InformationWeek: You recently wrote a memo that seemed to open up the possibilities for open source in the military a bit more. Walk me through your thinking on open source.
Wennergren: It was sort of a reiteration of policies we already had in place, but it seemed that there was still a lot of misperception about open source. We wanted to help people understand that open source software could be a potential answer. There's value in open source. More and more you've got to be able to look toward the power of peer review, both for open source stuff and not-open source stuff, to bring more scrutiny and attention to the software. Don't avoid good solutions that will help you move with speed and agility.
InformationWeek: What's your take on real, robust enterprise search that has role-based security built into it?
Wennergren: Content discovery is already one of our enterprise services, but there's a lot more work that has to happen. Data has to be exposed so it can be visible and found, and you have to have services like federated search available, and then you have to make some advances to what I might call the enterprise user.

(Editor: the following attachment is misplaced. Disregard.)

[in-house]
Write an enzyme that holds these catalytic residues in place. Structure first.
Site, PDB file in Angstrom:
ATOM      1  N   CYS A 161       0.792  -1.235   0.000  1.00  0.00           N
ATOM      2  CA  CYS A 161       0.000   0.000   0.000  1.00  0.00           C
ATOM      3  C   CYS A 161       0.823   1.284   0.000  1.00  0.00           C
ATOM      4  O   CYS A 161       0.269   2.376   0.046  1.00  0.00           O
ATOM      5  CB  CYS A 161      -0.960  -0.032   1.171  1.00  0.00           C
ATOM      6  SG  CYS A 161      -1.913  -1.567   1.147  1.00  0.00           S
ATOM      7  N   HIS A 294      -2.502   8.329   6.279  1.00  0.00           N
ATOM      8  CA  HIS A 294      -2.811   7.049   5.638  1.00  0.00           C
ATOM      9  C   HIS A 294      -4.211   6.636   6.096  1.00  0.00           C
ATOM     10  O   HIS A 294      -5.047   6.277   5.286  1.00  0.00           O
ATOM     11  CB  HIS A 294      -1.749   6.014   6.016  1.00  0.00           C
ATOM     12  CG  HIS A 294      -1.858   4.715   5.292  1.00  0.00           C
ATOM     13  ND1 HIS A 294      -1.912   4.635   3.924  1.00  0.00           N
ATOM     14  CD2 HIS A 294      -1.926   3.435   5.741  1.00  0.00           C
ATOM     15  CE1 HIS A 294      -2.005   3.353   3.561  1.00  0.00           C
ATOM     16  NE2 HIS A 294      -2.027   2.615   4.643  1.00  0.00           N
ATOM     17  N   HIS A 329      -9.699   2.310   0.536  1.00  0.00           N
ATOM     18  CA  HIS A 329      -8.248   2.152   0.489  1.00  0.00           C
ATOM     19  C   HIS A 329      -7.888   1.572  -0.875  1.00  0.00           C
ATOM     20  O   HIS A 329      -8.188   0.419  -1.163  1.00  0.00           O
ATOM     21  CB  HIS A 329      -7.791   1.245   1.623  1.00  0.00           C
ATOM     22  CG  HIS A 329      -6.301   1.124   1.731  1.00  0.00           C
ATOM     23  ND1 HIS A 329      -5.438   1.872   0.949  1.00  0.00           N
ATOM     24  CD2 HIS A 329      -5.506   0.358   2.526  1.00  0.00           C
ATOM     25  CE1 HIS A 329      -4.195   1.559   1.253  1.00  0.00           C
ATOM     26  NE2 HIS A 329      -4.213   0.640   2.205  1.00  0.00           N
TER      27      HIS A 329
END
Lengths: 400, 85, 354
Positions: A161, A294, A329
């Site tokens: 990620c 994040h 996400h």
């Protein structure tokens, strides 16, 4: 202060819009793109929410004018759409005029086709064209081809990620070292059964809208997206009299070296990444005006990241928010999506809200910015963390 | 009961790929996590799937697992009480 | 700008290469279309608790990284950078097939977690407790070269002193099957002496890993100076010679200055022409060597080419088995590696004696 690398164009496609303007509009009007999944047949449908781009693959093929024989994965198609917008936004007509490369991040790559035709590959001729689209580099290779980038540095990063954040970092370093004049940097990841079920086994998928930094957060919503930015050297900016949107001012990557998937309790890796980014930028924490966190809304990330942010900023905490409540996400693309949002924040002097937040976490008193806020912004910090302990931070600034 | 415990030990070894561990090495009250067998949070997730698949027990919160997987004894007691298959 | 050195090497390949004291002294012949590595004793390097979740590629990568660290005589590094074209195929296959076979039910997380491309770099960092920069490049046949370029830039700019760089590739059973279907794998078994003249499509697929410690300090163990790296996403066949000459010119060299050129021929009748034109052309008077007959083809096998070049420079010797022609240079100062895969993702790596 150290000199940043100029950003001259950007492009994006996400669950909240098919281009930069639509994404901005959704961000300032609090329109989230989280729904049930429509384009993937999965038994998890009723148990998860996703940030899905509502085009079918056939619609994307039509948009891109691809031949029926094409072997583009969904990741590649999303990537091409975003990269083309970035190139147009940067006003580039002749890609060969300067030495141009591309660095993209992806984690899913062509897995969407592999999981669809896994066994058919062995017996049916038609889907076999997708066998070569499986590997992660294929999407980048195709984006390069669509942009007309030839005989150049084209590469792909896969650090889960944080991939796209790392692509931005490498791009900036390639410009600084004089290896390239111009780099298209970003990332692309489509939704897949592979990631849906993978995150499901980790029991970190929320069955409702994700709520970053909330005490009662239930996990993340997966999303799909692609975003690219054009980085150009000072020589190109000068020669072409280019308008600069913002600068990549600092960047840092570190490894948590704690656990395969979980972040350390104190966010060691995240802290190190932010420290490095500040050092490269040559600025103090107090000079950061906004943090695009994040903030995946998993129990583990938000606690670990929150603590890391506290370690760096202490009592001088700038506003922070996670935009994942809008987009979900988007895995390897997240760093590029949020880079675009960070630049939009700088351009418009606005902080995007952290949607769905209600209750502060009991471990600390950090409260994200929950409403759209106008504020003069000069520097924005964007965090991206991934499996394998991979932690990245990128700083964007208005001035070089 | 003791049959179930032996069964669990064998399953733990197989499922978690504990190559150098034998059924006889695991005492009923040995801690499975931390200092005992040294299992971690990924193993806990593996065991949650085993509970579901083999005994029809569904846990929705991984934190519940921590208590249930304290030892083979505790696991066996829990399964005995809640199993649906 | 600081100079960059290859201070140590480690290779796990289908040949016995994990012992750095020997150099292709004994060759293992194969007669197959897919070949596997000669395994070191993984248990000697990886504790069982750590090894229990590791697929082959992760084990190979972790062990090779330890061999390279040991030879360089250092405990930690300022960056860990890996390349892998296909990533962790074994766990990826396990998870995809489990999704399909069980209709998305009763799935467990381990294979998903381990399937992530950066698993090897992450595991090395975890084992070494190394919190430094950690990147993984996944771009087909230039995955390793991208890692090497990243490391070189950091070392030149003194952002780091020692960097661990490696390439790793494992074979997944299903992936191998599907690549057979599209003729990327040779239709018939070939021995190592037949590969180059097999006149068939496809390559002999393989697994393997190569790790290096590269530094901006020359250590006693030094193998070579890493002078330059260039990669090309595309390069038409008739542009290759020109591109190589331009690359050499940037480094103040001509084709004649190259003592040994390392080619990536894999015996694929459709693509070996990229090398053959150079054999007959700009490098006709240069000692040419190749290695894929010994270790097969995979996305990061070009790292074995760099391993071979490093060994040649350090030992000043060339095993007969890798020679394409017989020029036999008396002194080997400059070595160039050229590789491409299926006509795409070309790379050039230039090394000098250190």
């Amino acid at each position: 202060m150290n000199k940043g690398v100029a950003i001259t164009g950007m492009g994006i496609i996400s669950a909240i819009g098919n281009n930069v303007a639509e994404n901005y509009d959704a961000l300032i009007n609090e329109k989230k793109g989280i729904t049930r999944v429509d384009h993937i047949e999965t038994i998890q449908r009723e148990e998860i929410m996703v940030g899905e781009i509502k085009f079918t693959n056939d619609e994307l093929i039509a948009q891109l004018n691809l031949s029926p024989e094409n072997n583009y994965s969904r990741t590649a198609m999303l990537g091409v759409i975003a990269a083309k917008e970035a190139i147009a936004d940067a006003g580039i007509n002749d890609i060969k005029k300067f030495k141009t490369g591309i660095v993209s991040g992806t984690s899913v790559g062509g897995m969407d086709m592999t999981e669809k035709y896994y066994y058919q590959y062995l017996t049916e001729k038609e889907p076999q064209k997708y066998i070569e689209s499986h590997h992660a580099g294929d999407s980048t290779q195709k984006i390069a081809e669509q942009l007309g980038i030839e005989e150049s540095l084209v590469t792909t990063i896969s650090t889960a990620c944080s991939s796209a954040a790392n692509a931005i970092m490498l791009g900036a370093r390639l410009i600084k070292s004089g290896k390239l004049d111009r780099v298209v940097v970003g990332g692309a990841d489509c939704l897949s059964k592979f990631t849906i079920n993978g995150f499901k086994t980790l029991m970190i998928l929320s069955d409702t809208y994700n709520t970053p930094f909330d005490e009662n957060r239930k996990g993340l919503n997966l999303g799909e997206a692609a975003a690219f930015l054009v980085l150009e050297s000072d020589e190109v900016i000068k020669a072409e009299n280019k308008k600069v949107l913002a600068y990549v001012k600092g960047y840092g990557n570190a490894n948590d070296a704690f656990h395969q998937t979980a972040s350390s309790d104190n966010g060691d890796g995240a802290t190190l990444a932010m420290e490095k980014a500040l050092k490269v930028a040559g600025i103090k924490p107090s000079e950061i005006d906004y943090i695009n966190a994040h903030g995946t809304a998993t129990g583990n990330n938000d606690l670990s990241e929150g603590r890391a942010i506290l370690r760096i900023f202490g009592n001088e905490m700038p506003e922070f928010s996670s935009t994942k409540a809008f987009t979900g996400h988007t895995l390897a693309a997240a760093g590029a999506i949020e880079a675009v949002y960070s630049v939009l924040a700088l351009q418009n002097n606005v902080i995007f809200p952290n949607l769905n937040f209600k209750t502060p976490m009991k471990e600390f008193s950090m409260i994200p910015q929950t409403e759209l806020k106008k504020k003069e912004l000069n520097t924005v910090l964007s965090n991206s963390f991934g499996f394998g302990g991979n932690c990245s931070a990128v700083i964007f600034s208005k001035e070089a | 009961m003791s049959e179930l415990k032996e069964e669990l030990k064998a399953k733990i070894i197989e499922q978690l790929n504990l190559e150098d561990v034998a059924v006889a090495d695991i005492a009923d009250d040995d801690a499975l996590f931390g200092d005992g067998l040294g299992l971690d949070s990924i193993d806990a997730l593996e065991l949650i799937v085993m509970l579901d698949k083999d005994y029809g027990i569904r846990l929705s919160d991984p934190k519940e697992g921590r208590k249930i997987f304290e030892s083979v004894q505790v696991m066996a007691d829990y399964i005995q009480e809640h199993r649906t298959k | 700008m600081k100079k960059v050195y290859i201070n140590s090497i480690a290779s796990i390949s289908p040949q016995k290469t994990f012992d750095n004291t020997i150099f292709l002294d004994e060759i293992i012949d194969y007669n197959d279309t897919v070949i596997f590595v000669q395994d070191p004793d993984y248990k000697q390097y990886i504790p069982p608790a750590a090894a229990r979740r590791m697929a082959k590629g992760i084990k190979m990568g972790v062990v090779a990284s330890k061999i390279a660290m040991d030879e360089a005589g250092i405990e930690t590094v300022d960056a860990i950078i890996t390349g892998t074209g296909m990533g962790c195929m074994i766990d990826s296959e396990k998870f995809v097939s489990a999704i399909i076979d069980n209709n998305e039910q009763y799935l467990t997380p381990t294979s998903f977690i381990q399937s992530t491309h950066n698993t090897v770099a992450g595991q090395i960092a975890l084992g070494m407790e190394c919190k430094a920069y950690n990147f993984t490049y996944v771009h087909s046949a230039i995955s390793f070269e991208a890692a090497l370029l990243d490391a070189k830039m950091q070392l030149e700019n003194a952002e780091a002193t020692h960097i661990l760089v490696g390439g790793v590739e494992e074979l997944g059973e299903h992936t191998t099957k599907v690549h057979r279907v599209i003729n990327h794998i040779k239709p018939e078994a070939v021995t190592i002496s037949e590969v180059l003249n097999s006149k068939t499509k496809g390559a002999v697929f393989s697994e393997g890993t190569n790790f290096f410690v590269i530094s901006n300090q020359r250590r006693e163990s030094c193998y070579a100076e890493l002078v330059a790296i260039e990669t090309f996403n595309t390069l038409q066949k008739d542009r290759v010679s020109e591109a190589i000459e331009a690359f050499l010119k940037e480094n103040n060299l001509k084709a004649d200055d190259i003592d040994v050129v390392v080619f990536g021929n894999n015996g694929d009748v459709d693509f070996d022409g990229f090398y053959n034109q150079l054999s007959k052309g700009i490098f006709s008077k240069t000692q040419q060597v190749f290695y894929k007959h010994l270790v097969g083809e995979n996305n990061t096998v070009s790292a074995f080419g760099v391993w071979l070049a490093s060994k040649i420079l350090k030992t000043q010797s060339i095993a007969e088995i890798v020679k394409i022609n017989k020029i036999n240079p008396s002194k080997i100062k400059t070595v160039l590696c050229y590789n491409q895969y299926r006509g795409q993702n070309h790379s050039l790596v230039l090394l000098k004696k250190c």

We live in a world where the infrastructure needs to be joined. An Army guy needs to be able to get on a Navy computer and find Air Force stuff. It's about moving into a different way of using our enterprise infrastructure, using the technology we already have like our access cards to create and use attributes about me -- the clearance I have, the kind of work I'm doing, where I work -- that allow me to see information.